Ancient Greece: A Very Short Introduction

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OUP Oxford, Oct 27, 2011 - History - 184 pages
2 Reviews
The contribution of the Ancient Greeks to modern western culture is incalculable. In the worlds of art, architecture, myth, literature, and philosophy, the world we live in would be unrecognizably different without the formative influence of Ancient Greek models. Ancient Greek civilization was defined by the city - in Greek, the polis, from which we derive 'politics'. It is above all this feature of Greek civilization that has formed its most enduring legacy, spawning such key terms as aristocracy, oligarchy, tyranny and - last but by no means least - democracy. This stimulating Very Short Introduction to Ancient Greece takes the polis as its starting point. Paul Cartledge uses the history of eleven major Greek cities to illuminate the most important and informative themes in Ancient Greek history, from the first documented use of the Greek language around 1400 BCE, through the glories of the Classical and Hellenistic periods, to the foundation of the Byzantine empire in around CE 330. Covering everything from politics, trade, and travel to slavery, gender, religion, and philosophy, it provides the ideal concise introduction to the history and culture of this remarkable civilization that helped give birth to the world as we know it. ABOUT THE SERIES: The Very Short Introductions series from Oxford University Press contains hundreds of titles in almost every subject area. These pocket-sized books are the perfect way to get ahead in a new subject quickly. Our expert authors combine facts, analysis, perspective, new ideas, and enthusiasm to make interesting and challenging topics highly readable.

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User Review  - janerawoof - LibraryThing

Not exactly simplistic but simple [intended to be easy to read]. A history of eleven Greek cities from the prehistoric: [Cnidos and Mycenae] to 324 AD: Constantinople, the former Byzantion [700s BC ... Read full review

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Ancient Greece is one of the most fascinating and intriguing historical polities. The very notion of Greece as a single political and cultural entity is a relatively modern designation. The ancient Greeks had organized their life within a polis, a self-containing “city state,” of which there had been hundreds throughout the ancient history, spanning almost all of northern Mediterranean. So when we talk about ancient Greece what we really have in mind is the history of these poleis – their origin, development, and eventual decline and disappearance in the late antiquity. A book that would cover all of the poleis would be a gargantuan project, and would surpass in length all the volumes in the very short introduction series. Instead, Paul Cartledge, the author of this short introduction, focuses on just eleven poleis, picking some that are the most representative of the ancient Greek history as a whole.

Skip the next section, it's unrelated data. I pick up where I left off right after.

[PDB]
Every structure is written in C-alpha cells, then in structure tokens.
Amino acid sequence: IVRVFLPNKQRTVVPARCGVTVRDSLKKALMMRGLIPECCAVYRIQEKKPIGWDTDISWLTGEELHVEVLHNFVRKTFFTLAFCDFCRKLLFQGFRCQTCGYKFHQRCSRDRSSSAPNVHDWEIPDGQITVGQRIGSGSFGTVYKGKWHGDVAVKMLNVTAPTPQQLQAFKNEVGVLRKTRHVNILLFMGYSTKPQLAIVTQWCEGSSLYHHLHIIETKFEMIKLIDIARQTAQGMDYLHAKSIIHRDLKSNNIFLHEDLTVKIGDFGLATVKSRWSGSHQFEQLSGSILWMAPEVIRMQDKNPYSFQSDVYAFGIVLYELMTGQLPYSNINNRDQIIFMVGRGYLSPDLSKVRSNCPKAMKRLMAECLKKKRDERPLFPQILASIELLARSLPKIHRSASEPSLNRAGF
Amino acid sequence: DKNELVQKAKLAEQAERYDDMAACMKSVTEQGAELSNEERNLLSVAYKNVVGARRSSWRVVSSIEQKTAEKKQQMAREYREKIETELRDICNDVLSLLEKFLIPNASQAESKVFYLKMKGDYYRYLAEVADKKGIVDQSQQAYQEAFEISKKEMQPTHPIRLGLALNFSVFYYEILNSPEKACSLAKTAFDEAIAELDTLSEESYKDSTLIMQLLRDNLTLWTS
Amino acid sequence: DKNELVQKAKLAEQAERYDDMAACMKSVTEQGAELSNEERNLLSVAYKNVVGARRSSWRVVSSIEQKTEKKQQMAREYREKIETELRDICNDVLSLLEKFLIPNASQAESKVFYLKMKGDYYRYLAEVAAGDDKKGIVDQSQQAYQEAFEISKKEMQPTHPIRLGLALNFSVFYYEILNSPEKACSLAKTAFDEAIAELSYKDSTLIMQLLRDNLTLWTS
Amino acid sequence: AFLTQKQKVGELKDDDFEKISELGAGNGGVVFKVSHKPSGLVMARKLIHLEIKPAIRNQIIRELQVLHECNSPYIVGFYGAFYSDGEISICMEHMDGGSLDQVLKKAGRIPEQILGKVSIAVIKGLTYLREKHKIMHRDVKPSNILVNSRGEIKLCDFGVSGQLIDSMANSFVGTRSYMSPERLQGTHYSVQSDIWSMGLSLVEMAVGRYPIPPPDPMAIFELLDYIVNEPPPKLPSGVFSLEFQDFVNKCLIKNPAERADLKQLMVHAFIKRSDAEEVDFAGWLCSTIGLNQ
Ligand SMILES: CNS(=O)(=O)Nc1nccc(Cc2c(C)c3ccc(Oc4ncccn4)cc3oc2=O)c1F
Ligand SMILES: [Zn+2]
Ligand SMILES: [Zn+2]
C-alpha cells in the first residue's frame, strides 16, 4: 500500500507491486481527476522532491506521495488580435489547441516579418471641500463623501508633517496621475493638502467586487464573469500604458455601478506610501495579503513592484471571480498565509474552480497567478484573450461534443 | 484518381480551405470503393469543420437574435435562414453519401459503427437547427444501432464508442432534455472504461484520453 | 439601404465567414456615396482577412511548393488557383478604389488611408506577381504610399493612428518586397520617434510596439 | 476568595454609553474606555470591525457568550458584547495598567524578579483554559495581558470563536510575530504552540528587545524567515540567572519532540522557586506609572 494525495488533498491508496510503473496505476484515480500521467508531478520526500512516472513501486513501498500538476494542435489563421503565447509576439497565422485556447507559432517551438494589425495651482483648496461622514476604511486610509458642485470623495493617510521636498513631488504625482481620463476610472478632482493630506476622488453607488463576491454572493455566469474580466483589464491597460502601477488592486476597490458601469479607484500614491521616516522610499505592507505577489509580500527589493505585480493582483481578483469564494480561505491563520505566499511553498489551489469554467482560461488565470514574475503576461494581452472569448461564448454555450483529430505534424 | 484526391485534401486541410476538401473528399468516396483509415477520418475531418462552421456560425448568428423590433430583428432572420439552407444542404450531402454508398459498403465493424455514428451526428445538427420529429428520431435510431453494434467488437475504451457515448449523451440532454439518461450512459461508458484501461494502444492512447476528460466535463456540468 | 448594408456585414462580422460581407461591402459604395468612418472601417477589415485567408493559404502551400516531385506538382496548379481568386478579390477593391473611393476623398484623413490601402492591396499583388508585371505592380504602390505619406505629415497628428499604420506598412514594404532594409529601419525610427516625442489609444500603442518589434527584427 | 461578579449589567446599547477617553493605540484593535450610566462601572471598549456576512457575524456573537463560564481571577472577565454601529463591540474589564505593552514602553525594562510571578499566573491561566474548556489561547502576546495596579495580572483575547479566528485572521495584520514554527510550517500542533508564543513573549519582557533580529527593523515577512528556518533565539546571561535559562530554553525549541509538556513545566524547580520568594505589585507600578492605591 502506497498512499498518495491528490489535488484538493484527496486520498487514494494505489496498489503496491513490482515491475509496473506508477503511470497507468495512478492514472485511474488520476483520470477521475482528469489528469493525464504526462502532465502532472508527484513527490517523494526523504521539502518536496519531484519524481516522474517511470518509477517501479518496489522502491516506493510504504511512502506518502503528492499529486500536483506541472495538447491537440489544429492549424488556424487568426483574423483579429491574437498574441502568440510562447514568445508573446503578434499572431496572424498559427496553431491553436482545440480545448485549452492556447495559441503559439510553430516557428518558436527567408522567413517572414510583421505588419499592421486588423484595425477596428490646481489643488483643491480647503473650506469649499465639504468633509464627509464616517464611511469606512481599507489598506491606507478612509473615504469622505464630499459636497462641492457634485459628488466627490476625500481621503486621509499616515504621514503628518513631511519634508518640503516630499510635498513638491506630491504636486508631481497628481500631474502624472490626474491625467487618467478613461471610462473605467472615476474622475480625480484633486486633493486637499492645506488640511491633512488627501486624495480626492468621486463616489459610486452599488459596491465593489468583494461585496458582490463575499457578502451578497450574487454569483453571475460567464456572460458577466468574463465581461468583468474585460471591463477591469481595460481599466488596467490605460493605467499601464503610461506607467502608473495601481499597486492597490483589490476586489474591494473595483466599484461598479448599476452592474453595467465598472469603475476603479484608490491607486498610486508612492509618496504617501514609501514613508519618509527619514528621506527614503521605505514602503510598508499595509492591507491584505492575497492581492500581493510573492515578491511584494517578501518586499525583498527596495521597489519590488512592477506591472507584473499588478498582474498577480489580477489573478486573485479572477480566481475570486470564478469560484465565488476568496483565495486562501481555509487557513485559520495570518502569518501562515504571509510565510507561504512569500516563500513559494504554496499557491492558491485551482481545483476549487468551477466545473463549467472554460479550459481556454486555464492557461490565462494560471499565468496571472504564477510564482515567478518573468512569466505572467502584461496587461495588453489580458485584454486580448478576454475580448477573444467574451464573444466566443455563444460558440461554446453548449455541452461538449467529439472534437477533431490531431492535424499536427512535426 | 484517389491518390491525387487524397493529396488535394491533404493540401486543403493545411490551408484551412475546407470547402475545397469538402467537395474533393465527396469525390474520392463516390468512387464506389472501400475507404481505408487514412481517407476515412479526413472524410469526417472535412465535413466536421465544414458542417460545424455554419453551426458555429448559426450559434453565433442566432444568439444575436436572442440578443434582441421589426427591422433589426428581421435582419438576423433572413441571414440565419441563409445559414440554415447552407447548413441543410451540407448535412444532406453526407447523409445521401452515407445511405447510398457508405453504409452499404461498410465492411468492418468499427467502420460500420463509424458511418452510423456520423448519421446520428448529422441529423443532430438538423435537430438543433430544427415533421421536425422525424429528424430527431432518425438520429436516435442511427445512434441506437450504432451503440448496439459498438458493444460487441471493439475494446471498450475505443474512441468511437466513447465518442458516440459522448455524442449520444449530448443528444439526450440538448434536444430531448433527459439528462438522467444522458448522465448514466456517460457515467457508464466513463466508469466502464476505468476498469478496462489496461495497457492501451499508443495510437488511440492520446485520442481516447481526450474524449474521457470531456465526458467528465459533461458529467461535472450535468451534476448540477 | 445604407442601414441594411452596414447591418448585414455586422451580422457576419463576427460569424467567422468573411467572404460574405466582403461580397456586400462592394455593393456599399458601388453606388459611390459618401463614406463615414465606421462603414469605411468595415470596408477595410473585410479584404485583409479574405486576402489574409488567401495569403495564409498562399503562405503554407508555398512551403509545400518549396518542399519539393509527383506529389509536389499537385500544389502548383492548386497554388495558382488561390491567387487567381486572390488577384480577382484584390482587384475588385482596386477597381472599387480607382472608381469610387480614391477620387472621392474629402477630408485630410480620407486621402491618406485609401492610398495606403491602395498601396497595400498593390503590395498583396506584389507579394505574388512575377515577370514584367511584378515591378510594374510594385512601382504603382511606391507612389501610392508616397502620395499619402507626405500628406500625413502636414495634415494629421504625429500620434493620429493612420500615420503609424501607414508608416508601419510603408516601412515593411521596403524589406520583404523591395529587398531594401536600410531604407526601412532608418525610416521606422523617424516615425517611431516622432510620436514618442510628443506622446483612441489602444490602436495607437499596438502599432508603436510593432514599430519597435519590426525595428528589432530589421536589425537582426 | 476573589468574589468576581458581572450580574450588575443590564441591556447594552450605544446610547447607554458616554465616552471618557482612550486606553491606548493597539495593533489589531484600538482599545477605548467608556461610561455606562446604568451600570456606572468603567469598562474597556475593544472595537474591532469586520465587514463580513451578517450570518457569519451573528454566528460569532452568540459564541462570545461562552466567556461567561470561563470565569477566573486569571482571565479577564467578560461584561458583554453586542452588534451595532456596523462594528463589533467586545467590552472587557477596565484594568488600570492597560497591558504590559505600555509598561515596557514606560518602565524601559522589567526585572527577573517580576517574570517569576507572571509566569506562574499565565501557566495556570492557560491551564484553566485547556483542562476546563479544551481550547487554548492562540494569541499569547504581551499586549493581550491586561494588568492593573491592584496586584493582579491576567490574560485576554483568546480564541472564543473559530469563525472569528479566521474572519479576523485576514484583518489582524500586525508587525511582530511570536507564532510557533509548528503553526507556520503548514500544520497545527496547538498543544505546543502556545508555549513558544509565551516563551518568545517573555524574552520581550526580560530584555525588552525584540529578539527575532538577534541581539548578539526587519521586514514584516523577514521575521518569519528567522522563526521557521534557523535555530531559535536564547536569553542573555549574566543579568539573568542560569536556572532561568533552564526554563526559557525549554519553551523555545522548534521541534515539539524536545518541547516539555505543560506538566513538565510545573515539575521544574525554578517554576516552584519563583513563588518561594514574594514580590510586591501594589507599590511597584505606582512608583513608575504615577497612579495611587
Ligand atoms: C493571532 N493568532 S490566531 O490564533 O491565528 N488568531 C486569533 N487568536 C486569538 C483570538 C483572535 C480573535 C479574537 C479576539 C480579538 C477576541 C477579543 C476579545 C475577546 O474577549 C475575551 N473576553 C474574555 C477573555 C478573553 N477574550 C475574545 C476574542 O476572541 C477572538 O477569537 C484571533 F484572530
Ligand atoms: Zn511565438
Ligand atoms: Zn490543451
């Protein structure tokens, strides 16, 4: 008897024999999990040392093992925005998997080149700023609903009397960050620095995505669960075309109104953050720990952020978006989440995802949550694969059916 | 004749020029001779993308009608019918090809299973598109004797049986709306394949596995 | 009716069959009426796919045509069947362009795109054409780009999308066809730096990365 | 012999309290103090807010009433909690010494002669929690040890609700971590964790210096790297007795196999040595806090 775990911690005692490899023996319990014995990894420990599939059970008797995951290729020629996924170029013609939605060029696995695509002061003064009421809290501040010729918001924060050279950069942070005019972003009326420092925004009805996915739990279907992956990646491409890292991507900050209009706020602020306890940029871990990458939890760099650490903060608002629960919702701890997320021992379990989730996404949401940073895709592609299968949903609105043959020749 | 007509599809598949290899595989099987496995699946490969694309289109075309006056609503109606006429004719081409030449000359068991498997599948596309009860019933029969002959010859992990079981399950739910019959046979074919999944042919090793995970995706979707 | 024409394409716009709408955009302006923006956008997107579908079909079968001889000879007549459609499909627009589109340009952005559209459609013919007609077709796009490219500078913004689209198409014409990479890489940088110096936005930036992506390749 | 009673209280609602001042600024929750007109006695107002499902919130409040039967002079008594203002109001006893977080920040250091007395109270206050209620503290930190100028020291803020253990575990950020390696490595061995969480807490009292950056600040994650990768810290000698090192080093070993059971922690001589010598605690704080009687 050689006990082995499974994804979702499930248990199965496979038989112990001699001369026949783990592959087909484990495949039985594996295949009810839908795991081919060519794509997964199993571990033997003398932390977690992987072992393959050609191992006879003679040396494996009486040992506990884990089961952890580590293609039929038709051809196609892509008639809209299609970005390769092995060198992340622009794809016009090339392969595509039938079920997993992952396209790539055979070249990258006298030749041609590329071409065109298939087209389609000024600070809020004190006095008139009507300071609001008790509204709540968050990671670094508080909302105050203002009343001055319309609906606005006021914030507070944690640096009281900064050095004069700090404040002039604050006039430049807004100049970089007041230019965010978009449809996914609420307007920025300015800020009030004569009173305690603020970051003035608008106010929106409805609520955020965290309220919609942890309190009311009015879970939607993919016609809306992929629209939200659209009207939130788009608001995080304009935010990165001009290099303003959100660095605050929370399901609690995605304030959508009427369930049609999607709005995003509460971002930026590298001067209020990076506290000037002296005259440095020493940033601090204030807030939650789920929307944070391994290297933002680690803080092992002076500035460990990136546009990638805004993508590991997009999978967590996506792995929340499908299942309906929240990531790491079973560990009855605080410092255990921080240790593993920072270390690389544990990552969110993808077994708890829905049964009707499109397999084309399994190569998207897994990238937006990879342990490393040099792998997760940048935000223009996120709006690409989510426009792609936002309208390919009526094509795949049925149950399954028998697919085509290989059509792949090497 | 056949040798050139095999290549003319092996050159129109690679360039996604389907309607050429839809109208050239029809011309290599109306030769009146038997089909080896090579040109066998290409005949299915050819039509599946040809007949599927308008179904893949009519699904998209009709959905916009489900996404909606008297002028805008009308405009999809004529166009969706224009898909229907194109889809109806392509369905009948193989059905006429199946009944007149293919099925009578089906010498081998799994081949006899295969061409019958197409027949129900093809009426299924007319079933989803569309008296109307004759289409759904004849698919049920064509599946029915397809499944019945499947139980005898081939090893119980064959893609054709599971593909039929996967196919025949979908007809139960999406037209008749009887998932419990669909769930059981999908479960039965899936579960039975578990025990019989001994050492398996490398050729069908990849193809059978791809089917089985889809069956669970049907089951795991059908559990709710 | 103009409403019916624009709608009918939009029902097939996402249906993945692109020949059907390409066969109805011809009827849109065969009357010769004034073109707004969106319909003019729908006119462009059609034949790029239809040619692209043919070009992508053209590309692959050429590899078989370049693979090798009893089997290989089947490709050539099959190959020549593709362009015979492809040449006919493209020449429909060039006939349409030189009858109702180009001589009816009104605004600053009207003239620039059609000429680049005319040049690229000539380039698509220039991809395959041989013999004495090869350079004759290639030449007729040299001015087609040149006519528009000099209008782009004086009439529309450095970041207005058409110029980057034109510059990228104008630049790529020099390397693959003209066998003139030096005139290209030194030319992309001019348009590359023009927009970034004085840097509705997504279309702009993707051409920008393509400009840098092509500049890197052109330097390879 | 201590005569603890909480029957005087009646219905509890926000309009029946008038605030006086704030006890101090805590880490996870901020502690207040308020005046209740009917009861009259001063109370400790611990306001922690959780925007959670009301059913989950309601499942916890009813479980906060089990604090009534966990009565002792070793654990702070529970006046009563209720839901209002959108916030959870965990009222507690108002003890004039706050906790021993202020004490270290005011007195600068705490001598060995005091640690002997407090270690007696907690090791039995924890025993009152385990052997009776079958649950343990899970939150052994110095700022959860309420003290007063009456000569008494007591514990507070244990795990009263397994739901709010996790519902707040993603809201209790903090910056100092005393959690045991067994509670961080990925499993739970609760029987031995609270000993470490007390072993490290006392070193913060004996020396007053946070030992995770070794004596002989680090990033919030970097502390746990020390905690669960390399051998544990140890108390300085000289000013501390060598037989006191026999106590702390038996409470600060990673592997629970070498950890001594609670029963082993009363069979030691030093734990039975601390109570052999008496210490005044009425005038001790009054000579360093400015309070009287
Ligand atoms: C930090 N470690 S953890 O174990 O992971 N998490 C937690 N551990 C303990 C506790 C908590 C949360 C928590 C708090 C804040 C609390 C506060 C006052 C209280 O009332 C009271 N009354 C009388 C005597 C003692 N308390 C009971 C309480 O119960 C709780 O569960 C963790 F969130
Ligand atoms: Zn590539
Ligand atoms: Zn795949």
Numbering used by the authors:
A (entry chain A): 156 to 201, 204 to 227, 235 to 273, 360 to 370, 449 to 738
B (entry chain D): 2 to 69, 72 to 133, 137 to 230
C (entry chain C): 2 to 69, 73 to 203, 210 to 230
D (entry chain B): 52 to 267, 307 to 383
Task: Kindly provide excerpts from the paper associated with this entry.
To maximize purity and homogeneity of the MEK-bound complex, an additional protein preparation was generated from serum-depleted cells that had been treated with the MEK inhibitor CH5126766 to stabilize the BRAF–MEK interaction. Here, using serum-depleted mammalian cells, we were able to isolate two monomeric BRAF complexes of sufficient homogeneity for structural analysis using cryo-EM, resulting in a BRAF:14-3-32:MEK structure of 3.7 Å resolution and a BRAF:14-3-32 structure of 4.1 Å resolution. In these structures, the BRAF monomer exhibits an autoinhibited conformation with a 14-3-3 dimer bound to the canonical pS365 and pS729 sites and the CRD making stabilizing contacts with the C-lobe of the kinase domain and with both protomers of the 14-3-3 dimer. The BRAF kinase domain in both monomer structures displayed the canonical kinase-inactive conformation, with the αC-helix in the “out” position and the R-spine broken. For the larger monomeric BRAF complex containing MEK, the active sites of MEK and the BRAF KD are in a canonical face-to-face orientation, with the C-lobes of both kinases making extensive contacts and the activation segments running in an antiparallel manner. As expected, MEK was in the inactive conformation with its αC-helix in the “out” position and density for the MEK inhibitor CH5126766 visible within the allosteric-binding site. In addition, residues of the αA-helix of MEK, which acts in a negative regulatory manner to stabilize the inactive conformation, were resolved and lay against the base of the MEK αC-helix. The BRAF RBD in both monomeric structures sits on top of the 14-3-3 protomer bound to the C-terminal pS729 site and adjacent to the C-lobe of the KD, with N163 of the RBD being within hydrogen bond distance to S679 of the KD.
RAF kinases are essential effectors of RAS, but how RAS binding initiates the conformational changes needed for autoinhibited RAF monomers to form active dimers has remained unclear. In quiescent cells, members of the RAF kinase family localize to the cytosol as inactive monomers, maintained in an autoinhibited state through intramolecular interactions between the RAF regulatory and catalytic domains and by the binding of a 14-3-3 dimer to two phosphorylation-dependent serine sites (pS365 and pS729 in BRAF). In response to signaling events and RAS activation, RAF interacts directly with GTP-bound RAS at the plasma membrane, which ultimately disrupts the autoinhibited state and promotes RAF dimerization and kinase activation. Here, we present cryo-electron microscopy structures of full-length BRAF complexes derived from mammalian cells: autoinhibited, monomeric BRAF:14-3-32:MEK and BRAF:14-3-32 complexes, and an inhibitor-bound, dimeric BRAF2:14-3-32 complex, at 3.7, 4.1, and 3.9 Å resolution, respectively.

Overall, this book is a good introduction to ancient Greece, and all hellenophiles will find a lot of interesting information in it. Through the general introduction and the individual chapters for each polis, we learn about the development of ancient Greek society, through its golden years and the epic wars that it engaged in, to the later not-too-illustrious years. The choice of topics is fairly representative, and Cartledge exhibits an impressive range of knowledge and understanding of this subject.
One big issue that I have with this book concerns its structure and organization. The choice of presenting the history of ancient Greece in a “parallel” fashion, by focusing on each polis in its own right, leads to a very disjoined overall narrative. It can be had to follow various developments as they recur in different chapters, with all the variations that this entails. Furthermore, the style of writing also leaves a lot to be desired. Sentences are often highly convoluted, with frequent allusions, digressions, parenthetical asides, parentheses proper, and even parentheses within parentheses! Cartledge is never the one to use a simple statement when a more complex one would suffice. He also strives a bit too hard to exhibit his own wit and erudition whenever possible. The result is a bit contorted narrative that doesn’t flow very smoothly. Overall, however, this is a pretty good book and I feel I got a lot of interesting insights from it.
 

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About the author (2011)

Paul Cartledge is the inaugural A.G. Leventis Professor of Greek Culture in the Faculty of classics at the University of Cambridge, and a Fellow of Clare College.

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